We are the result of our history, there is no doubt about it, but this very fact also raises many questions that don’t meet an easy answer. Should we forget the past to move forward? Or we’d rather keep it present so that it sways our actions? In this context, the idea of art as a way of historical memory has been inarguable during centuries until the irruption of Abstract art deprived critics and public of any reference to past events. At present, artists collaborate with researchers from other disciplines; historians, archaeologists, sociologists -just to mention humanist disciplines- and adopt the role of a project manager who coordinates and merges all this information as part of the final work.
The works of Sydney-based artist Jonathan Jones are a repository of local history and an example of the way how non-figurative art can address history. He is a kind of historian very committed to Aboriginal culture and, rather than write, visually re-creates past events. As an Aboriginal artist from the Wiradjuri and Kamilaroi nations, Jonathan Jones looks back to his family origins, identifies cultural patterns and tells us their stories using a diversity of media in site-specific artworks. Subtle, he says a lot only with very few elements. Found objects, fluorescent tubes, smooth textures and plain colours give a minimalist appearance to his installations but, unlike Minimalism, they are full of wisdom. If you take the time to observe his installations, you’ll learn about forgotten stories of Gadigal people or real historical events that happened in the very place where you are watching his work. His most recent project, barrangal dyara (skin & bones), takes all these elements to a full extent, let’s see how.
In 2014, Jonathan Jones won a competition for a temporary site-specific art project that suggested a new view on a particular spot in Sydney. This call was launched by Kaldor Public Art Projects, a not-for-profit organisation lead by art philanthropist John Kaldor, who is known for bringing to Sydney cutting-edge artists for the last 45 years. His very first commission in 1969, Christo & Jean Claude’s Wrapped Coast, has become one of the most iconic Land Art works ever. But don’t digress from the artist’s story as the account of Kaldor’s projects and collection deserves a separate post.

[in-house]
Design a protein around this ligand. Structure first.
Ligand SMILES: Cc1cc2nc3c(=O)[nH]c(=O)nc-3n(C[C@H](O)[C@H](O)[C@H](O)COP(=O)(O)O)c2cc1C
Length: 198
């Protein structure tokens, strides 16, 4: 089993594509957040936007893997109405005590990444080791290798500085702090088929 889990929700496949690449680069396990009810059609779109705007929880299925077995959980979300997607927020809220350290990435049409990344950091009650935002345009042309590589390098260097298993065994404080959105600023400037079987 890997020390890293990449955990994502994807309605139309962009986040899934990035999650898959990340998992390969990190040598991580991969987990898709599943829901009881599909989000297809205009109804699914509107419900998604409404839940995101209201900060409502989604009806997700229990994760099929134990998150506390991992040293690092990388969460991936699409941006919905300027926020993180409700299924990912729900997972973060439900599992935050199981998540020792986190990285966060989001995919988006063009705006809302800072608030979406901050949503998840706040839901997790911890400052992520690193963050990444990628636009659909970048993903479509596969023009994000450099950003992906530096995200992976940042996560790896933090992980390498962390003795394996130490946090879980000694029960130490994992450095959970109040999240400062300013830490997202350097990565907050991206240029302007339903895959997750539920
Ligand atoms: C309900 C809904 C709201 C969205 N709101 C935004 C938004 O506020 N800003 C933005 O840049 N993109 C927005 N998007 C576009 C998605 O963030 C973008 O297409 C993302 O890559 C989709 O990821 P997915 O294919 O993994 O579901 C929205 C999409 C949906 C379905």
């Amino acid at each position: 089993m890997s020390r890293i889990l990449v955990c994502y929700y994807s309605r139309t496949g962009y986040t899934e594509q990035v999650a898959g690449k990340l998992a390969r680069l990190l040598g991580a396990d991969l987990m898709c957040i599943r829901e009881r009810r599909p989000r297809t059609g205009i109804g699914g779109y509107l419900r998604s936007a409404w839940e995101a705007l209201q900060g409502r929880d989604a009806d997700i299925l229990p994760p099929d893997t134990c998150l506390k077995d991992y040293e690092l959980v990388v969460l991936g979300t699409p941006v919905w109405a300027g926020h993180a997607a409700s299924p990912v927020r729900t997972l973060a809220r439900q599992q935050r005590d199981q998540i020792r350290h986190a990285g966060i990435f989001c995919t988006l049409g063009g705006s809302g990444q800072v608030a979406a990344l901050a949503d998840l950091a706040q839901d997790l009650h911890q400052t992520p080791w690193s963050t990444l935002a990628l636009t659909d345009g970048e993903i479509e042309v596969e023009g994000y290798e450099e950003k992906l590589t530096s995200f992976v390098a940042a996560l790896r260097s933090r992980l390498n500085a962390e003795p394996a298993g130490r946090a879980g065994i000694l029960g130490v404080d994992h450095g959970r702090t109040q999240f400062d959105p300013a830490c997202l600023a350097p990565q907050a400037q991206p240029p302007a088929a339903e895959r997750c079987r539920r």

The announcement of Jones’ proposal to be materialised in the following 2 years came with no little mystery. It was said that his project had to do with the Garden Palace, a building that once stood at the Royal Botanic Garden holding an impressive collection of Aboriginal art and utensils. Built for the International Exhibition of 1879, during 3 years it also held several cultural and scientific institutions with their archives and collections. In 1882, a massive fire destroyed the edifice and caused an incalculable cultural loss both for Aboriginal history and for the building of the Australian nation. The initial idea of reviewing the importance of this loss and transmitting it to the public in a contemporary language has become the most ambitious project that both the artist and Kaldor have ever undertaken. Guided by an Aboriginal Advisory Board, the outcome is a multidisciplinary artwork with strong sculptural and sound elements as well as a series of events. The invigilators also play a major role as chroniclers of the lost treasures of the Garden Palace in the same way as the oral tradition in Aboriginal culture keeps their history alive generation after generation.
But the public display of barrangal dyara (skin & bones) started months before this significant intervention that opens in September. In collaboration with several cultural institutions of Sydney, the artist has organised 3 series of conferences in which experts, scholars and Aboriginal elders have addressed very different aspects of the history of the Palace Garden. Every symposium has connected the social and cultural context around the short life of the building and its ethnographical collection with a contemporary view of the cultural landscape of Sydney. In some way, Jones has conducted the historical research in public and has offered us an excellent opportunity to learn about that part of the artistic process when the artist becomes a historian and distills the information, the knowledge, the tradition and the present visual art practices.
barrangal dyara (skin & bones) will be open from 17 September to 3 October 2016 at the Royal Botanic Garden, Sydney.
You can listen to the Symposia here
By Paula Llull